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Today was destined to be a bad day. First of all, I was due to be in London for two days and I was going to be able to go to the popshow event that is on probably right now. With so many acts that I have big-upped that it seems very unfair that I am not there :( Then this was cut down to one day in London and an early start in Manchester tomorrow. So no overnight stay or opportunity to go to popshow. And I was hoping to have a bit of shopping time in London before I got my train home, but no! My meetings finished around one - and then i got a call from head office asking if I could work on something urgently for them, and I felt too new in the job to say no :( So no shopping/coffee in starbucks either. BOO!! Oh well, i am still loving my new gay class merc and I am excited that I get to give it a good run up to Manchester tomorrow! Hurrah! And i can blast new music in the car and use my sat nav. Darren and I have got all technological this weekend - we finally got our wireless connection set up around the apartment, we both have sat. navs for the cars and we got a laptop so I can blog in any room in the house :) Hurrah. Note to self. Must stop spending money... Anyway, todays post has a slightly religious theme, but not necessarily about religion. Just go with it - it's still packed with pop goodness!!

In about two hours flat, I completed the amazing book "Confessions of a Mormon Boy" by Stephen Fales. Actually to call it a book is an understatement. It's more of an experience and is also a play that is currently doing a very successful run in LA. In many ways Stephen and my upbringing are mirrored. We were both good little Mormon boys, serving the church as we should, raised by devoted families and struggling to come to terms with being gay and reconciling that with religious teachings. Stephen went a lot further in his devotion than I did by serving a full two year mission, getting married and having children before realising he couldn't live this lie any longer. Moving to NYC and become a high paid escort probably weren't part of his plan, but what makes the book so engrossing is the very human way Stephen deals with wanting to be part of his family's life still and also trying to hold onto the values of his youth and upbringing. Very touching and quite similar to the interview I have done for Gay Times that will be out in a month or so. I am hoping the play will come to London this year so I can revel in new words like oxy-mormon and mormosexual. And I am SO going to try wearing a BYU (Brigham Young University) t shirt next time I am out and see if it has the same effect as it does on an often chatted up Stephen! Truly a book that made me smile and cry at the same time... .
LINK: Mormon Boy website
Reading Stephen Fales book reminded to dig out that other great mormon story - Latter Days. A story of a sexually confused mormon missionary who meets a party animal out gay bloke and takes a bit of a fancy to him. The story deals with many interpersonal issues that aren't at all limited to gay life and would cross boundaries to mixed religious marriages and differing moral values. However, the exploration of religious issues in same sex relationships is handled incredibly well and the main cast give incredibly nuanced performances that lend the story heart and soul. Jacqueline Bisset as the motherly restaurant owner has the most amazing line of the whole piece when she is discussing with Aaron (the mormon missionary) the rules of his church and says " so your church forbids drinking of alcohol and doesn't like gays? Frankly i can't imagine heaven without either." Ultimately the story is about the amazing transformational power of love and how sometimes, just sometimes, you can create your own family when yours rejects you. I'd be most interested in hearing what Stephen Fales made of this story...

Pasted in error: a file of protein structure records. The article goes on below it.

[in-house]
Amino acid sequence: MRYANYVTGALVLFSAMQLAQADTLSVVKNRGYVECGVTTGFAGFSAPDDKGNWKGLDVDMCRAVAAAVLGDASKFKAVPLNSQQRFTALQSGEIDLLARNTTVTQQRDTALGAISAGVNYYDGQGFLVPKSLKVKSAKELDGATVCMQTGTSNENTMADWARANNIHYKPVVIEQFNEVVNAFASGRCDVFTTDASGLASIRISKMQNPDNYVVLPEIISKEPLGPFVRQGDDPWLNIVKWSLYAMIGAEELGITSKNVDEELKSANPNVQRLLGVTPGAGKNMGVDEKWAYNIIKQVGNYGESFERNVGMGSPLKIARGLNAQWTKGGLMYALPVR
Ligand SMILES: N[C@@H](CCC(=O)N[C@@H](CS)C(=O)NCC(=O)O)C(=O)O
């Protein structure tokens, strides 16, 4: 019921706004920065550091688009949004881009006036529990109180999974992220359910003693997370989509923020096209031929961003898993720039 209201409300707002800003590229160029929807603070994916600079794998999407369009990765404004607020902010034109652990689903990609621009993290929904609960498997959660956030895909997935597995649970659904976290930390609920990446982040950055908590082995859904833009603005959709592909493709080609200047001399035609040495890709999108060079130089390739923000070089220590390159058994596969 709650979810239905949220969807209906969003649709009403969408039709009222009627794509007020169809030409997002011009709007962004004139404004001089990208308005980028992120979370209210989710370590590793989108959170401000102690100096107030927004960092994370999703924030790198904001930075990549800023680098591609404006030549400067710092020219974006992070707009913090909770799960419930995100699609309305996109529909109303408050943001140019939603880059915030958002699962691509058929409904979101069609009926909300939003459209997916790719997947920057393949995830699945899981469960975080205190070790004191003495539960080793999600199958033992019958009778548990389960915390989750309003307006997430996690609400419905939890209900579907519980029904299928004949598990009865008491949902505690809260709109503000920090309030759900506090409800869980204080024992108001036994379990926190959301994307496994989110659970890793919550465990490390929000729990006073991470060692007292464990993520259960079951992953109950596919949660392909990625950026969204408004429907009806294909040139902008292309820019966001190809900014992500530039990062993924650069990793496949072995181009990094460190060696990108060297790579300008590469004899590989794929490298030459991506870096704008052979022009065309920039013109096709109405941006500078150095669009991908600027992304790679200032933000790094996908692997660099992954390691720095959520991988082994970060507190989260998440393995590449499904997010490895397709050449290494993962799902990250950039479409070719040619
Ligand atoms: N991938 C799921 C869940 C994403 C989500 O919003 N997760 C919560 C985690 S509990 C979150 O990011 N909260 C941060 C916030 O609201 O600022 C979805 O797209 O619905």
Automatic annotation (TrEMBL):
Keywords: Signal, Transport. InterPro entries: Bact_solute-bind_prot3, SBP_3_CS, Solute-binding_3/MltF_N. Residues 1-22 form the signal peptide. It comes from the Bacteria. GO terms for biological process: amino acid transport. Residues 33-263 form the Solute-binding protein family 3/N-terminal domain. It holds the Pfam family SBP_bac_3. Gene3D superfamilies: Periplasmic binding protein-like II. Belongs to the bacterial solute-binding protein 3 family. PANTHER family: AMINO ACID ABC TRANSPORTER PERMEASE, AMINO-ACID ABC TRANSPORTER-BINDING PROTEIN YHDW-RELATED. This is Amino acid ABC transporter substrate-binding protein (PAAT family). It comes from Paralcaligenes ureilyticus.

LINK: Purchase the Latter Days dvd

I know I only wrote about the altar boyz off broadway show a couple of weeks ago, but since then I have really gotten into their soundtrack and am enjoying it immensely. Plus it fits nicely with the theme of todays post. The idea for the show - an out and proud Christian boyband with it's stereotypical characters (honestly throw in a eskimo and you would have a full set) - could easily have been a one trick pony, but is actually a life affirming examination of friendship and a brilliant music satire all wrapped up into one fine package. In fact the cd is presented as an album by the fictitious band, complete with corny in character liner notes - there is little to identify it as a soundtrack to a stage show and could easily be misclassified in shops! The musical style is catchy pop/rock and contains some of the most cheesy yet hilarious lyrics this side of an adroit Simpsons musical number. An utter delight from start to finish, one can only hope that this is another show that makes it over to England...
LINK: The Altar Boyz website

Ooo. Another piece on Simon Curtis. Well he is my top tip for 2007. And he has a few songs on his forthcoming album that fit nicely with the religious theme of todays post. Simon grew up in what is commonly known as the Bible Belt of America and in his song Religion Reduced tackles some of the issues around organised religion and the actual chaos/hurt/distress it can cause. I particularly like the way the song starts off with some sinister sounding synth strings and a choir-esque voice bringing the song in (I'm a firm believer in the fact that a song is enhanced if the music mirrors the lyrics). It's clear that Simon feels organised religion is far from the idea of how spirituality should be and for me the fact entire groups of people can be excluded for who they chose to love is astonishing. Insightful lyrics like "you're no better than the bible belt/make a mockery of things I have felt" and "history has been proven to repeat itself/ignorance can lead to hate so educate yourself/forcing other eyes to comprehend your vision/i think we'd all be better off without religion" utterly enforce the need to look at the ways people worship and how many things happen in this world that are as far removed from God's will as can be, yet are done so in His name. Jadion said in a recent interview that Simon is a lyrical genius and he certainly is. Pop so needs someone who tackles weighty issues with conviction and not just for shock factor. I get something new from his music every time i listen to it. Stunning.